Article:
As a result, Russia and Mr. Al-Assad appear to have adopted the kind of scorched earth policy that Israel’s military rejected in the late 1980s during the first Palestinian intifada or uprising.
In contrast to the military that told then Israeli prime minister Yitzhak Rabin that the resolution needed to be political because the cost of a military solution would be too high, Russia and Mr. Al-Assad have concluded that no cost is too high. It is an approach that emulates Russia’s brutal crushing of rebellions in Chechnya in the 1990s.
“Russia realized that it cannot cement its military victories into permanent political gains through diplomacy within the projected remaining lifetime of the regime. Instead, it decided to employ the ‘Grozny doctrine’ of complete annihilation of all those who stand in the way of its strategic goals and bring the conflict to an end before the regime collapses,” said Syrian activist Labib al-Nahhas De La Ossa, referring to the Chechen capital that was virtually destroyed by Russian forces.
It’s an approach that in violation of international law takes no heed of the consequences for innocent millions in Idlib or the fact that many, rather than supporting Hayat Tahrir al-Sham (HTS), an erstwhile Al Qaeda affiliate that controls part of the province, have repeatedly protested against it.
It’s also an approach that potentially could spark a renewed refugee crisis in Europe with Turkey, already home to some four million refugees, no longer stopping fleeing Syrians and others from trying to cross its Greek and Bulgarian borders with the European Union.
Russia, in a cynical twist of irony, would likely be happy to see a repeat of the 2015 refugee crisis that fuelled support for far-right, anti-immigration and nativist forces in Europe who are empathetic to Moscow’s effort to weaken the trans-Atlantic alliance as well as the European Union with its adherence to Western values of democracy, human rights and the rule of law.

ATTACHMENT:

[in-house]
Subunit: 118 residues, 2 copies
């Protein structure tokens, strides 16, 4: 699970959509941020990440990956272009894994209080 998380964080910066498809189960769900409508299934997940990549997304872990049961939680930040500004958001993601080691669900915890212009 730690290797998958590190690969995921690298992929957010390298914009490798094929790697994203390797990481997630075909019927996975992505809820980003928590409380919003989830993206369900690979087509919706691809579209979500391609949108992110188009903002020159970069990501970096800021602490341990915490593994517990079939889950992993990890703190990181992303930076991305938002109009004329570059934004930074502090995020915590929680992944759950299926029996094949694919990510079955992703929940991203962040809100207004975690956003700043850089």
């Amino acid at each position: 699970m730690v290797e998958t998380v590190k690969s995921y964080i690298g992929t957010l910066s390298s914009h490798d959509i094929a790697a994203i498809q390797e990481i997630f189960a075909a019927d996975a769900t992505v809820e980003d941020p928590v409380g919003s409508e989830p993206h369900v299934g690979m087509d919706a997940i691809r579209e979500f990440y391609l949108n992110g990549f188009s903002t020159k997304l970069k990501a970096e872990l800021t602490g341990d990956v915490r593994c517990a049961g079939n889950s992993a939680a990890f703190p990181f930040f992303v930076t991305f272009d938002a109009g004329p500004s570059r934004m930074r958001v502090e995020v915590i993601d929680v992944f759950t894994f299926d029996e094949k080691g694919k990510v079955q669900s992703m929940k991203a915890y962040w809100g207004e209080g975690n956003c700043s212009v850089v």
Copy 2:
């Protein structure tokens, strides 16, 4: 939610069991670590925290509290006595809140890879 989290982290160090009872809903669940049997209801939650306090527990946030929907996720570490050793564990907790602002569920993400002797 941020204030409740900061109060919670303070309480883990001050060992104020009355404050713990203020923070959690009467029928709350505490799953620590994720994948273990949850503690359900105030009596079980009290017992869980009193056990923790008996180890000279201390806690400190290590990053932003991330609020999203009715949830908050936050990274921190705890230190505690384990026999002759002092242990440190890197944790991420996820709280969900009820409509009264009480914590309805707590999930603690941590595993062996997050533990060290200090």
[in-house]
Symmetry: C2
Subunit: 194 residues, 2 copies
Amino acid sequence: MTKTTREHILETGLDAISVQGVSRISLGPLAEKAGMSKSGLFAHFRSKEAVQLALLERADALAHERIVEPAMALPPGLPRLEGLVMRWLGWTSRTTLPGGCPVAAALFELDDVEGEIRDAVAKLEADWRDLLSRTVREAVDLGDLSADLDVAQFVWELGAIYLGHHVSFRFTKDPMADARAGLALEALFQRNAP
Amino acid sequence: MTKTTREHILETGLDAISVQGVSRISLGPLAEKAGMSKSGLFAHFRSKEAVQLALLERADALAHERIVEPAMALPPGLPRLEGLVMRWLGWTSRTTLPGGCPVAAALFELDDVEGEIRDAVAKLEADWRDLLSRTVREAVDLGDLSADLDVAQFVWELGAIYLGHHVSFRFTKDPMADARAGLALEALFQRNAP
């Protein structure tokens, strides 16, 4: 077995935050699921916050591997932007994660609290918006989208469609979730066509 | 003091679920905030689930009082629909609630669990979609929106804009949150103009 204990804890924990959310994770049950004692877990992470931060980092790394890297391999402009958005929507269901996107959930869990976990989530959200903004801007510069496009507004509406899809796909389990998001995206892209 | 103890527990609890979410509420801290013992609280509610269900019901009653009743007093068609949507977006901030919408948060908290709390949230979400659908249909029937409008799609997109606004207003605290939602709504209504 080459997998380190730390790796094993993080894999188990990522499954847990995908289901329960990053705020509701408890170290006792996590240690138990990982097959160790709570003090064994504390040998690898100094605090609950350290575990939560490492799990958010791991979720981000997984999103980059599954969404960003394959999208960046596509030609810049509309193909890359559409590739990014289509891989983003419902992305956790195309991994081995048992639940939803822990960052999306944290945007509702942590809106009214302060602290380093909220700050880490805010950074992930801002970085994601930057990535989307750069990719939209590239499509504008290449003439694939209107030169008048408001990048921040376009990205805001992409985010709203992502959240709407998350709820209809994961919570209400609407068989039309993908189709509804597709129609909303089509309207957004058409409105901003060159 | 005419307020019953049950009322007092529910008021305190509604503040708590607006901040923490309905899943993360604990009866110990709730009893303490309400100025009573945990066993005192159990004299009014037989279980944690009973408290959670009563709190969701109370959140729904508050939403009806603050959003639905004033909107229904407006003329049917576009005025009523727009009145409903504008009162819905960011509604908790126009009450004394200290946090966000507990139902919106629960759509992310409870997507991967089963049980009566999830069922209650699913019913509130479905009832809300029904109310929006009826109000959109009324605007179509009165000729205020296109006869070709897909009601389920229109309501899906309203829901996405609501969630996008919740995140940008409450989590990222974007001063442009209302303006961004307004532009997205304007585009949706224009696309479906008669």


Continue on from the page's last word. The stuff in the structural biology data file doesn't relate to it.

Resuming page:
Even with that being the case, Russian policy towards Idlib and the rest of Syria is likely to only produce problematic outcomes: ensuring total victory for Mr. Al-Assad risks a break-up with Turkey, a key regional player, and forecloses chances for a sustainable resolution of the Syrian conflict that would allow for the voluntary return of refugees and displaced persons.
Continued Russian and Iranian-backed support for Mr. Al-Assad’s brutal regime will at best temporarily stabilize Syria and potentially open the door to a forced return of some refugees and displaced persons while setting the stage for another round of conflict.
An equally unsustainable alternative scenario, envisioned by Mr. De La Ossa, would involve a Russian-Turkish agreement to cram three million refugees into a tiny slice of Idlib in what would amount to sub-human conditions.
Said Mr. De La Ossa: “The humanitarian catastrophe that is Idlib has shown that the lessons from the beginning of World War II still apply: Appeasing dictators who are willing to kill massive numbers of people to realize their delusions of grandeur never works. But if the US, Europe, and the international community at large fail to heed these lessons, it will not only be Syrians who pay the price.”
This article was originally published on The Turbulent World of Middle East Soccer blog.